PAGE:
Additional information found on the patients without a history of psychiatric disorder were that they were older, more likely to be married, and had more medical comorbidities than those who did. This cohort appeared socioeconomically and psychologically more stable; nevertheless, these patients similarly suffered a mental health crisis. Gender, race, housing status, payer status, and presence of suicidal or homicidal ideations were not different between this group and those with psychiatric or substance abuse problems. This may suggest that patients presenting to the ED on emergency holds without having psychiatric disorders or substance abuse are more homogeneous than different to patients with mental health or substance abuse, raising important points. Traditionally, risk of harm to self or others has been attributed to psychiatric patients or those with specifically substance abuse problems, but given these findings, all patients admitted on involuntary holds carried a similar risk of harm. Important implications of these findings could suggest the need to review safety policies and infrastructure for all emergency personnel who cares for patients on involuntary holds, independently of their mental health or substance abuse status.
As this is a retrospective study, there are inherent limitations. These include inconsistencies in reporting of prior history of psychiatric disorder including substance use disorder. Also, this study was conducted at a single site in a suburban location with a more ethnically homogeneous patient population than an intercity hospital in a large, metropolitan area, which limits generalizability of our findings. Education and employment information was not included in the medical record for a number of patients, which limited our ability to use these variables in our analysis. Cohorts were not compared with respect to ED diagnostic work-up and treatment. We were unable to review medical records of patients transferred for inpatient psychiatric care; consequently, final disposition and diagnostic determinations were unknown. Finally, although not unexpected, the small number of patients without a history of psychiatric or substance use disorder limited our ability to show an association between demographic and clinical variables and involuntary hold.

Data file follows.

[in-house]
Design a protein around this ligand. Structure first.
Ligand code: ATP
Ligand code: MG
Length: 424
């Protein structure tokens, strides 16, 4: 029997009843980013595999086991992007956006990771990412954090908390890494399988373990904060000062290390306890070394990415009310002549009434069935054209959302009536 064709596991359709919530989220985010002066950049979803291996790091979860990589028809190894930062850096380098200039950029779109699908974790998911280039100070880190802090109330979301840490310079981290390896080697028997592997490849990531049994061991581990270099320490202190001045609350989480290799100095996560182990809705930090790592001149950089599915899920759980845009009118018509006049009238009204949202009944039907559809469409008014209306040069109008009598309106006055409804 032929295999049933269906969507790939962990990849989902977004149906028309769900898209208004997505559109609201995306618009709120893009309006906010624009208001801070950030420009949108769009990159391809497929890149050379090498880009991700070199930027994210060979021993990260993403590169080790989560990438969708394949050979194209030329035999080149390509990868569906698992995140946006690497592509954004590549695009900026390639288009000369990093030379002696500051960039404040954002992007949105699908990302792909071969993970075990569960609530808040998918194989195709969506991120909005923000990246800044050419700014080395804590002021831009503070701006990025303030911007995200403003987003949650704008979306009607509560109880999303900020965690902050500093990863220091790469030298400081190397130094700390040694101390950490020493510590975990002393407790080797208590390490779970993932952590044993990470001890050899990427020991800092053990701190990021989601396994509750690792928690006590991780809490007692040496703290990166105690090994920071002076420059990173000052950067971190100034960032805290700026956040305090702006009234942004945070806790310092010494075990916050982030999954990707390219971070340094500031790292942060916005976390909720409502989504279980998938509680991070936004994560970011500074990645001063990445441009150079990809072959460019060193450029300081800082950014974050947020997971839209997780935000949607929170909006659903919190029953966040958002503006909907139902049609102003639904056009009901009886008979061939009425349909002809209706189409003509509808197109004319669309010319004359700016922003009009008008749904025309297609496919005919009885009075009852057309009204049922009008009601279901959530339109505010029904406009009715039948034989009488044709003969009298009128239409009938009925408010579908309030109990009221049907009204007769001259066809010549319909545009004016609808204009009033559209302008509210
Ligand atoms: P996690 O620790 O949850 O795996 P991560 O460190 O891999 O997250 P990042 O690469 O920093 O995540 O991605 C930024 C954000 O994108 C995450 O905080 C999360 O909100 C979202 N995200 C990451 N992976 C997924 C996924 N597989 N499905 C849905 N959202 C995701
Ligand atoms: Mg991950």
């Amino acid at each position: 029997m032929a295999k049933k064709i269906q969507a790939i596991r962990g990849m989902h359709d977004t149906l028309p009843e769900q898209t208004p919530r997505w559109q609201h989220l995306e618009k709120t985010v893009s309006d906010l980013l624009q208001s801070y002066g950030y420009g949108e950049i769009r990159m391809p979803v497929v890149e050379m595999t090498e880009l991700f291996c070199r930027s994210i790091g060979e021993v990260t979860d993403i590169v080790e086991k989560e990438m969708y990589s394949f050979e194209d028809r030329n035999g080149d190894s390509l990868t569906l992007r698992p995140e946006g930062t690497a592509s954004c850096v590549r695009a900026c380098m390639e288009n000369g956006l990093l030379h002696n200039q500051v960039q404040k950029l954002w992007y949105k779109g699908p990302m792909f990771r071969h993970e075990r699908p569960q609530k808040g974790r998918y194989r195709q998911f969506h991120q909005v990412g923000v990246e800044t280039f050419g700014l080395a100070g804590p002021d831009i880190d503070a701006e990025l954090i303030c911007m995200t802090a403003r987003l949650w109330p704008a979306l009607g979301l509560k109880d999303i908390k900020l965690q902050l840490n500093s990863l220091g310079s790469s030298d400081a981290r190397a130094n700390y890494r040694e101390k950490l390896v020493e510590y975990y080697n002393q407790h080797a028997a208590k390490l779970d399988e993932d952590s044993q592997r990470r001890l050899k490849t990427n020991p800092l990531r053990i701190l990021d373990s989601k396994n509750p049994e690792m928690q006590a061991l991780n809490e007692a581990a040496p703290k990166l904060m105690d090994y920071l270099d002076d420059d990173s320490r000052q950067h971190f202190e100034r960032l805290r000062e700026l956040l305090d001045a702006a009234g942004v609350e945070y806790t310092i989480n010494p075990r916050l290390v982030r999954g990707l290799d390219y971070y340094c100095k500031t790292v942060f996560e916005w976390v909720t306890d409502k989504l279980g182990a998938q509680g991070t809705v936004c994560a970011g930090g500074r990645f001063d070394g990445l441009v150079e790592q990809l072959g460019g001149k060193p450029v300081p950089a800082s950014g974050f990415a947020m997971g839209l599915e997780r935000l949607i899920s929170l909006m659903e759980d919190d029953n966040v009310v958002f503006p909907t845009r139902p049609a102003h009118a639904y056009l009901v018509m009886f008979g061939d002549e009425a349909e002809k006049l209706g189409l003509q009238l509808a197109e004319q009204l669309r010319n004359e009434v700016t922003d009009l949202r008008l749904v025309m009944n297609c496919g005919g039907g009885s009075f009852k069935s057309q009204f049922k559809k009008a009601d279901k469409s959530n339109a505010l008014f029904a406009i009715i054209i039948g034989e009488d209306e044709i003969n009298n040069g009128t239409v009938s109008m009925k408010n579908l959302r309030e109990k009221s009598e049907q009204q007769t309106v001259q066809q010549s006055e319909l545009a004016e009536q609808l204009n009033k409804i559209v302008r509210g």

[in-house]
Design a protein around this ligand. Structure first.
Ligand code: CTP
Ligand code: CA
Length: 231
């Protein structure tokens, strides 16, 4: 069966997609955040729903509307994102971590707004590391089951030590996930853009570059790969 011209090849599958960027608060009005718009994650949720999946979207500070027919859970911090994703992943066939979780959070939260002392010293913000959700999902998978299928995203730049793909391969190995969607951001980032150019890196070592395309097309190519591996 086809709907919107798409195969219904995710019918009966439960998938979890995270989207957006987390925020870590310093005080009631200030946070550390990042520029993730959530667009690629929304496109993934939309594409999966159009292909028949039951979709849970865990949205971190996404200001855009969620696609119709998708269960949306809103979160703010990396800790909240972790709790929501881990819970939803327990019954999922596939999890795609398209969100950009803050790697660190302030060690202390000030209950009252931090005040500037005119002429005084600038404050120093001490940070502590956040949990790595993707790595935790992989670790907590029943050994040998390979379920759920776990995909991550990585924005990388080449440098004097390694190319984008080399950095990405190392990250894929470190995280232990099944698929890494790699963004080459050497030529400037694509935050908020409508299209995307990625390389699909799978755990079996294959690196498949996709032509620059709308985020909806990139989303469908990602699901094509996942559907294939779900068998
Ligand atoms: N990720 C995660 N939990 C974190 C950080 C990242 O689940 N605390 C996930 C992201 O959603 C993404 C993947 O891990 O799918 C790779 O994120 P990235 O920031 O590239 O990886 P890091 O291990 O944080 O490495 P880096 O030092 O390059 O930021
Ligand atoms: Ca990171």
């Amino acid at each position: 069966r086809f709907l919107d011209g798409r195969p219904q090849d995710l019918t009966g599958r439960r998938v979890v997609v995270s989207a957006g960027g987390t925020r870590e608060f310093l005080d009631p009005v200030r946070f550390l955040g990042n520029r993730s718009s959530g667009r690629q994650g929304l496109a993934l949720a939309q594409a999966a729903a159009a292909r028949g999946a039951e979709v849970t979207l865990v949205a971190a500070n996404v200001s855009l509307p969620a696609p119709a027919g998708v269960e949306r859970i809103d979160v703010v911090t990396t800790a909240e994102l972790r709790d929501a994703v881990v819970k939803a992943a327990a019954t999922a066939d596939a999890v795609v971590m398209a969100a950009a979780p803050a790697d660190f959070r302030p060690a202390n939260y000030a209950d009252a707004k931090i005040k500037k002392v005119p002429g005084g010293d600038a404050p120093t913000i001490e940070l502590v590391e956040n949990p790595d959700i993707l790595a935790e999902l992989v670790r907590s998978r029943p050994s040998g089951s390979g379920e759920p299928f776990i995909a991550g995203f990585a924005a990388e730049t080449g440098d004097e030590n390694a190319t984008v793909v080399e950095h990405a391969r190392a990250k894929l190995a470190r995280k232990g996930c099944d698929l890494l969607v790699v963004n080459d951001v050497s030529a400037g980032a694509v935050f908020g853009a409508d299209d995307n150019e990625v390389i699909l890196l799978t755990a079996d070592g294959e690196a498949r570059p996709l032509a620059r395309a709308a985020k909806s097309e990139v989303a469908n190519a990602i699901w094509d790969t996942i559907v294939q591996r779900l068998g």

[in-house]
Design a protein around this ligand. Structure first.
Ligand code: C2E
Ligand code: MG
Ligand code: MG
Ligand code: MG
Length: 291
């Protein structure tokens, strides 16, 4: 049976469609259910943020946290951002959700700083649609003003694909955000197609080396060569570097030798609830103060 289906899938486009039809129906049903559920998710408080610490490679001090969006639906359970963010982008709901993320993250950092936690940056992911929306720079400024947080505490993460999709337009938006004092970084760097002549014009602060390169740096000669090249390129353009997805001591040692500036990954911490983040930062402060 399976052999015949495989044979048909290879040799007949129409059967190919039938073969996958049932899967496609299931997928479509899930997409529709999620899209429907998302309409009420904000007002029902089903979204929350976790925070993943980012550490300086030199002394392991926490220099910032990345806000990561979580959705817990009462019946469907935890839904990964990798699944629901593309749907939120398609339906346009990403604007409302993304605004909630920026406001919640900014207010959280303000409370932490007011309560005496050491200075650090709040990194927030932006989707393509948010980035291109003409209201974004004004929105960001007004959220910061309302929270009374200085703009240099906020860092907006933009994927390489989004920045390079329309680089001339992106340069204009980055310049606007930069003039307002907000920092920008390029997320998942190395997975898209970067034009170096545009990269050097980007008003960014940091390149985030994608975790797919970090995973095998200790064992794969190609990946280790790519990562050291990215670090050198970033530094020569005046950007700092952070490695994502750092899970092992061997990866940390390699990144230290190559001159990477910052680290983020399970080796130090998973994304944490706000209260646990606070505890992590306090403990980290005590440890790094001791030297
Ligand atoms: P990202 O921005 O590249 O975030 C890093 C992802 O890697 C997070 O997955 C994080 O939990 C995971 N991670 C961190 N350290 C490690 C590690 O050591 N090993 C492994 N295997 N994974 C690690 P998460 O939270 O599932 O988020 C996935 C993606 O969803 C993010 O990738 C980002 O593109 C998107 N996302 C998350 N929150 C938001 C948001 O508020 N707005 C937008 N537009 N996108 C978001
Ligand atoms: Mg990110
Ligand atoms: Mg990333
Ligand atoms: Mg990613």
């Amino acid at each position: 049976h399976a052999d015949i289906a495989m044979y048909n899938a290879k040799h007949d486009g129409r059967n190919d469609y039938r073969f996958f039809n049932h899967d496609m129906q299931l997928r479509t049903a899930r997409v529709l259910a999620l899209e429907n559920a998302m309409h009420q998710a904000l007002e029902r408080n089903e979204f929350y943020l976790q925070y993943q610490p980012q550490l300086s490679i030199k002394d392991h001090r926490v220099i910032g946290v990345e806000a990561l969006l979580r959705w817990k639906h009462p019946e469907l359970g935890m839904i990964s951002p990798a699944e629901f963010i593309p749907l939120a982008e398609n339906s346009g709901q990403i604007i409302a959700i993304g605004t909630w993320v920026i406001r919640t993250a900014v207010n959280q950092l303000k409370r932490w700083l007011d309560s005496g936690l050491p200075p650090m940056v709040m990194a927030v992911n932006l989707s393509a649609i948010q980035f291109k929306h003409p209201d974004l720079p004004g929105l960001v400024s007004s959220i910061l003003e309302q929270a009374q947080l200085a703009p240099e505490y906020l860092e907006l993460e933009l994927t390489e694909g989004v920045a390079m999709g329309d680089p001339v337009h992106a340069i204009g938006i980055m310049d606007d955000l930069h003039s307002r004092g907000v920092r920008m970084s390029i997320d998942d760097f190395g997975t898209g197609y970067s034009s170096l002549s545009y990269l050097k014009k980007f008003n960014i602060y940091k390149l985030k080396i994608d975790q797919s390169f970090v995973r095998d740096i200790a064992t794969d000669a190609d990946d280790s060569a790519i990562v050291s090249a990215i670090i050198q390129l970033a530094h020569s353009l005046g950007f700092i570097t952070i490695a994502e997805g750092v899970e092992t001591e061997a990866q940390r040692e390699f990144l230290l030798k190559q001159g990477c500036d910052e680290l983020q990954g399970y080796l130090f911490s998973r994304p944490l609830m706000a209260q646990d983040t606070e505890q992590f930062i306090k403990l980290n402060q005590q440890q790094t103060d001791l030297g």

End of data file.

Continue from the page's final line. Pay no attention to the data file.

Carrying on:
Patients on involuntary holds most commonly have a prior history of psychiatric disorder including substance use disorder. The majority of patients who did not have history of psychiatric disorder were suicidal in the setting of pain and other medical conditions. This may represent a growing population as our society ages and more people have devastating medical conditions. Consequently, as more people come to ED, providers may increasingly encounter medically ill patients with severe psychiatric symptoms warranting involuntary holds. It is imperative these patients first undergo comprehensive evaluation to stabilize and/or treat medical problems before referral for inpatient psychiatric treatment.
Availability of data and materials
All datasets used and/or analyzed during the current study are available from the corresponding author upon reasonable request.
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The authors acknowledge the Center for Clinical and Translational Science grant support (UL1 TR000135) in publications relating to this project. This publication was also supported by NIH/NCRR Colorado CTSI Grant Number UL1 RR025780. Its contents are the authors’ sole responsibility and do not necessarily represent official NIH views.
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This study was reviewed and approved by the Mayo Clinic Institutional Review Board.
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Lachner, C., Maniaci, M.J., Vadeboncoeur, T.F. et al. Are pre-existing psychiatric disorders the only reason for involuntary holds in the emergency department?. Int J Emerg Med 13, 4 (2020). https://doi.org/10.1186/s12245-020-0265-4
- Involuntary hold
- Psychiatric hold